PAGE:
The Federal Reserve raised interest rates and signaled it will stick to a gradual path of future hikes. Roselle Chen reports.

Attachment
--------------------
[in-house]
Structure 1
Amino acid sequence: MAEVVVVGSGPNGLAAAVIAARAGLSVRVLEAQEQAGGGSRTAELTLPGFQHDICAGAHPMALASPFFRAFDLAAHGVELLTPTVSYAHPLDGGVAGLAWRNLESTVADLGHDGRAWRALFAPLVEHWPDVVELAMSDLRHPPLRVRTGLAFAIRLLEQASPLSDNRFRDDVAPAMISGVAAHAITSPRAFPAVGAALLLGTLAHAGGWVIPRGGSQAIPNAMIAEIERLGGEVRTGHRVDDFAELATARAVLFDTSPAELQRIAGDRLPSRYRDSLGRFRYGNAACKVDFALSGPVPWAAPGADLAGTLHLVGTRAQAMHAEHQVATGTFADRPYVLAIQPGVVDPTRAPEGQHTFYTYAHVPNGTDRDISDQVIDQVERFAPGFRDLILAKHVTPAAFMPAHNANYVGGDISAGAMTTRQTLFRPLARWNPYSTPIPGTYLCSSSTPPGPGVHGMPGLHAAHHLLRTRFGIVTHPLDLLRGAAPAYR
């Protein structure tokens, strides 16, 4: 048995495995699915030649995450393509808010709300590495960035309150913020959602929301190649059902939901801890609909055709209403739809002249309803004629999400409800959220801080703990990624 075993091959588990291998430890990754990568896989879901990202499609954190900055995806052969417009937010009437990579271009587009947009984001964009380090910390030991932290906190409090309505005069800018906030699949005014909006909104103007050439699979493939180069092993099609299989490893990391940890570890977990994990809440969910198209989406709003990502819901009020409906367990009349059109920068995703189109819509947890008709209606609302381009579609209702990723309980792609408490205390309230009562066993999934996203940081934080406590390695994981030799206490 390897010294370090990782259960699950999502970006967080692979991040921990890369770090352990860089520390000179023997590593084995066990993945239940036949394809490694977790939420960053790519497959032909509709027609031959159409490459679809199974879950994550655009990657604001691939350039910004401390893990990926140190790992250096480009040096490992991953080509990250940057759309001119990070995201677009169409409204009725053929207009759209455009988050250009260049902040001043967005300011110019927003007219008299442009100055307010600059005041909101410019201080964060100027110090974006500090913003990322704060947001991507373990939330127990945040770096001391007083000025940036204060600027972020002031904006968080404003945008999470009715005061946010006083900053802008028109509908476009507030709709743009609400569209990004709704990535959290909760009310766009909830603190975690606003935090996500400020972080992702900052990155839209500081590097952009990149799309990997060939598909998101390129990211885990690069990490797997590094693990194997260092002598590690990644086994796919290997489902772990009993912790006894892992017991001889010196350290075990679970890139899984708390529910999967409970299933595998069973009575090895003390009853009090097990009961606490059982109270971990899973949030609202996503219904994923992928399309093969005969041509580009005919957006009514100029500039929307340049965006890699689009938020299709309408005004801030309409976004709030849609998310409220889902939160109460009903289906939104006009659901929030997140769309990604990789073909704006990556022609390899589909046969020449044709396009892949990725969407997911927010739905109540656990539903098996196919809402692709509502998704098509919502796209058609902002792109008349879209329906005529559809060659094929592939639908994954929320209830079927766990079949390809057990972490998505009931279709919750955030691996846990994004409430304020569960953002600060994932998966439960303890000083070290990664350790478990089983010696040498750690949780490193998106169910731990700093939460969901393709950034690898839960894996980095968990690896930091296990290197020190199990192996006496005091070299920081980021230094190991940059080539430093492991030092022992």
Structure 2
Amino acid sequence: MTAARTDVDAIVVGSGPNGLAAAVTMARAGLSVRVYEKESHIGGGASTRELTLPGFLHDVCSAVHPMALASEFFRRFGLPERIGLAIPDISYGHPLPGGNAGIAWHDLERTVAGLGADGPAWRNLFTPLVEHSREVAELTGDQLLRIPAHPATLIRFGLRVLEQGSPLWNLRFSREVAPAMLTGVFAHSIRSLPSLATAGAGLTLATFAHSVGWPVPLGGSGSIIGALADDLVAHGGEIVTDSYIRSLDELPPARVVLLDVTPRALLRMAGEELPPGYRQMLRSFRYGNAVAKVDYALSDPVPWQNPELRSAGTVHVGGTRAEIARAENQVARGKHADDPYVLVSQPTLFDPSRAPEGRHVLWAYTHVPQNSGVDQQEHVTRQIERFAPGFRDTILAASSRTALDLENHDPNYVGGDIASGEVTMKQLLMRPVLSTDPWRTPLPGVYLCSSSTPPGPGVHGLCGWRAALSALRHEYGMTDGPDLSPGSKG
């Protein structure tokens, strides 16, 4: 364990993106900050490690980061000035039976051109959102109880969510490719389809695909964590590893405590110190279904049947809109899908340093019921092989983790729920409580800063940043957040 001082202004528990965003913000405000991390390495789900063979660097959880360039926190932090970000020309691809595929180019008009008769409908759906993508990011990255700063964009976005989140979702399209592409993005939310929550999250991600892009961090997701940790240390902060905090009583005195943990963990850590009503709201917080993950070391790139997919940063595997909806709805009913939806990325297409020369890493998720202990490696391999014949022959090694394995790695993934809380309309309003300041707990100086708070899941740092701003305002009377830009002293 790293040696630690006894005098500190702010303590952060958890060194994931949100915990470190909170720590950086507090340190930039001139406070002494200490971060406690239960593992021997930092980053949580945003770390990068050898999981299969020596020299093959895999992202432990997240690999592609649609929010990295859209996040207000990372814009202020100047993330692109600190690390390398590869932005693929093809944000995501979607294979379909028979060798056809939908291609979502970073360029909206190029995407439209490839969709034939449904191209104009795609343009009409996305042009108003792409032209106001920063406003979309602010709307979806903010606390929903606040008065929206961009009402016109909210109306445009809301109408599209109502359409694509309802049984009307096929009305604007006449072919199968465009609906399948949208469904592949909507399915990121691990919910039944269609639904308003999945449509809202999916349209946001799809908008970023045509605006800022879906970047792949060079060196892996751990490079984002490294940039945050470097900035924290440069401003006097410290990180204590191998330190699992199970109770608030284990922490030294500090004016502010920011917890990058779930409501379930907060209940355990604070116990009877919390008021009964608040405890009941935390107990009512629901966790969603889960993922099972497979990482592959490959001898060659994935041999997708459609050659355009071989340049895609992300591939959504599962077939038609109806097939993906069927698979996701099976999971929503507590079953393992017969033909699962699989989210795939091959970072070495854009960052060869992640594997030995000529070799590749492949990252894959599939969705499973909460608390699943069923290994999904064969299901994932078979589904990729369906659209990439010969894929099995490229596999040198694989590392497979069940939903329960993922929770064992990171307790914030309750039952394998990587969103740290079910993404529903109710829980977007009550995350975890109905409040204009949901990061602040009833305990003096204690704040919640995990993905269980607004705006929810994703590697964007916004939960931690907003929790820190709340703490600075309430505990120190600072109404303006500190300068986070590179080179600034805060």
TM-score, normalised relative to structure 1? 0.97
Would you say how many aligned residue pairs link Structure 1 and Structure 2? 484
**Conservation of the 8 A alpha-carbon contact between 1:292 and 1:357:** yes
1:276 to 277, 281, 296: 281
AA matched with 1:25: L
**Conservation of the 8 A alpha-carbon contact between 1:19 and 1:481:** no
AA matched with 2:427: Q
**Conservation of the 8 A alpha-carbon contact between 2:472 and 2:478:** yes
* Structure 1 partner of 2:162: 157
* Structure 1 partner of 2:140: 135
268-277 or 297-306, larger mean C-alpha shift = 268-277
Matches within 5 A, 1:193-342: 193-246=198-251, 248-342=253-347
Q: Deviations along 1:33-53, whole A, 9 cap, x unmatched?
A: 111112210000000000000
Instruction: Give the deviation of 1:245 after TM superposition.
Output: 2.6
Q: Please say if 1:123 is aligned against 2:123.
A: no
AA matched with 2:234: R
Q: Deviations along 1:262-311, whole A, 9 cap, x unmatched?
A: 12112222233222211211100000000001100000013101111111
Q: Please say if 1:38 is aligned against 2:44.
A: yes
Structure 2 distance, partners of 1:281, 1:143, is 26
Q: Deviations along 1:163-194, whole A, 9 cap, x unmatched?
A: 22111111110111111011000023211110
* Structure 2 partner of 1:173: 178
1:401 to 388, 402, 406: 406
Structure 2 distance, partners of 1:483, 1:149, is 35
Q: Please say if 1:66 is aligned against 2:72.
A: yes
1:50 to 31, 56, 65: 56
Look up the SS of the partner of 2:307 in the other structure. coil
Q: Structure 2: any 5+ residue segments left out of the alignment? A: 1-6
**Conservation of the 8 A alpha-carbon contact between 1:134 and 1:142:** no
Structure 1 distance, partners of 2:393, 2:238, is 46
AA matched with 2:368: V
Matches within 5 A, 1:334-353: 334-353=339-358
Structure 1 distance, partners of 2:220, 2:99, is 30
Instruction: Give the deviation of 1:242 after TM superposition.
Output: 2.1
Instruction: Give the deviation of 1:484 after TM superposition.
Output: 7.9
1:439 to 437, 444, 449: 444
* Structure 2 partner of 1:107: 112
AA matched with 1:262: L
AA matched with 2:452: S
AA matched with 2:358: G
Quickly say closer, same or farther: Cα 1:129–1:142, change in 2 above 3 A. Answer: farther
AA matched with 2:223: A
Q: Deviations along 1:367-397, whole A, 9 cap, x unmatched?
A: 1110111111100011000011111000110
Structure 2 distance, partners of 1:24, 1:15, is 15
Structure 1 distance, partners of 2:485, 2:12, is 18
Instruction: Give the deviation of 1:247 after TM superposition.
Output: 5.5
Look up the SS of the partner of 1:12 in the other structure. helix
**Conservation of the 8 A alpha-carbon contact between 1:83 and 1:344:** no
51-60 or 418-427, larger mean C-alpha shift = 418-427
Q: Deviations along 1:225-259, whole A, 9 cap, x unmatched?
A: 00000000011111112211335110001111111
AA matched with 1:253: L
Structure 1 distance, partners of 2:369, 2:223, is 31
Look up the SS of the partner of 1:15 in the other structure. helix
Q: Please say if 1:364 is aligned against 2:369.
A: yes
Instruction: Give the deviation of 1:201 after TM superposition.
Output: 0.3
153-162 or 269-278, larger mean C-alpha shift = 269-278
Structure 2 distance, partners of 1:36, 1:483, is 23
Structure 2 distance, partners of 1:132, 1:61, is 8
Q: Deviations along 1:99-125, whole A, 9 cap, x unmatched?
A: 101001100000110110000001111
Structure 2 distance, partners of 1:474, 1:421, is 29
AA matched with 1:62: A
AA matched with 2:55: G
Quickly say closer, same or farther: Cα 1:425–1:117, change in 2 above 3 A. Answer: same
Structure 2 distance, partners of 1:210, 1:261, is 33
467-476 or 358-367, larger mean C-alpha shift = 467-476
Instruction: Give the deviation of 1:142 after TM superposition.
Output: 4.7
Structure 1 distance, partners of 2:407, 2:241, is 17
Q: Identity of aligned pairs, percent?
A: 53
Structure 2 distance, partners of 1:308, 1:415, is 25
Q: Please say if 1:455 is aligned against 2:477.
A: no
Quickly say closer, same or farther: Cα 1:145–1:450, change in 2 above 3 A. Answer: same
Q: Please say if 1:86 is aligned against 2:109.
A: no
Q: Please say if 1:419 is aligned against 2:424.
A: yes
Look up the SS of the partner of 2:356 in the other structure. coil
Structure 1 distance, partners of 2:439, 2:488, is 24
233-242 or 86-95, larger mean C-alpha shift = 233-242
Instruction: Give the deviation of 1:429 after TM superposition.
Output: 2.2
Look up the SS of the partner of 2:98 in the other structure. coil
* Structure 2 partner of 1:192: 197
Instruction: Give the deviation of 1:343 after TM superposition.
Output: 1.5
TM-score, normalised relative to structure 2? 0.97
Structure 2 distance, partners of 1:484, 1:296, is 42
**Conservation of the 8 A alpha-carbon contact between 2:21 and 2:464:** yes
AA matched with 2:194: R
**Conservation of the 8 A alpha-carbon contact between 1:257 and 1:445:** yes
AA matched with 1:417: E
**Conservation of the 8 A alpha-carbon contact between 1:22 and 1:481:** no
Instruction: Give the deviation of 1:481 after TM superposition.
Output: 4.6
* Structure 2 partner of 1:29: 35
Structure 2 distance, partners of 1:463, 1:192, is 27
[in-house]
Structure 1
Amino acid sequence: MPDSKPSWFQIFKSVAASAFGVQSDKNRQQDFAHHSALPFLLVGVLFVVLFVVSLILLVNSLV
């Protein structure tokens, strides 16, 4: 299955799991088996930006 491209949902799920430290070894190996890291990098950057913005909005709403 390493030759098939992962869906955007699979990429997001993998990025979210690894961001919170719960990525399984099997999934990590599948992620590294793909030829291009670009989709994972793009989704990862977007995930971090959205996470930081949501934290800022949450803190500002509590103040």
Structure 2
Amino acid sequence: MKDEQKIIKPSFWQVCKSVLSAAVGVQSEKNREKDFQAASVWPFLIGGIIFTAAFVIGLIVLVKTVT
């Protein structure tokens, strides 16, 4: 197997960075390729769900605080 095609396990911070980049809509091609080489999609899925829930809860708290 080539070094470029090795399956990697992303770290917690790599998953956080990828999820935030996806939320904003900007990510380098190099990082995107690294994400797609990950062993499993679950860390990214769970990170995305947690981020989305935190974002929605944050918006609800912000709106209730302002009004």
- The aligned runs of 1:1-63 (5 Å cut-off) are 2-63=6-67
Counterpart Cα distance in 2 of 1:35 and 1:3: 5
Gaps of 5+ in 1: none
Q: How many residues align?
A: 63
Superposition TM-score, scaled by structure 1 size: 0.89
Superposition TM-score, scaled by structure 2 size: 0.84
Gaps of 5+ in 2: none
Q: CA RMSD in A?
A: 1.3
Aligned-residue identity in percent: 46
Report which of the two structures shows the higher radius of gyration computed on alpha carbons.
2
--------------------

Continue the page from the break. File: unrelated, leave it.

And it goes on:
The U.S. Federal Reserve raised interest rates for the second time in three months. It based its decision on steady economic growth, strong job gains, and confidence that inflation is rising to its two percent target. Fed Chair Janet Yellen: (SOUNDBITE) JANET YELLEN, FEDERAL RESERVE CHAIR, (ENGLISH) SAYING: "Today's Federal Open market Committee decided to raise the target range for the federal funds rate by 1 quarter percentage point, bringing it to 3 quarters to 1 percent. Our decision to make another gradual reduction in the amount of policy accommodation reflects the economy's continued progress toward the employment and plies stability objectives as assigned to us by law." The Fed also said there will be two more rate hikes this year and three more in 2018. John Lonski of Moody's Analytics: (SOUNDBITE) JOHN LONSKI, MANAGING DIRECTOR AND CHIEF ECONOMIST, MOODY'S ANALYTICS, (ENGLISH) SAYING: "Fascinating to me would be how the ten-year treasury yell fell in response to the rate hike, and, moreover on the equity side, one of the strongest-performing sectors in the U.S. equity market dealt with housing sector share prices. This is suggesting that the upside for short and long-term interest rates is viewed as being limited by the financial markets and perhaps also by the Fed." After Fed's decision was announced, stock markets extended gains and bond yields fell. The dollar was trading lower against a basket of currencies.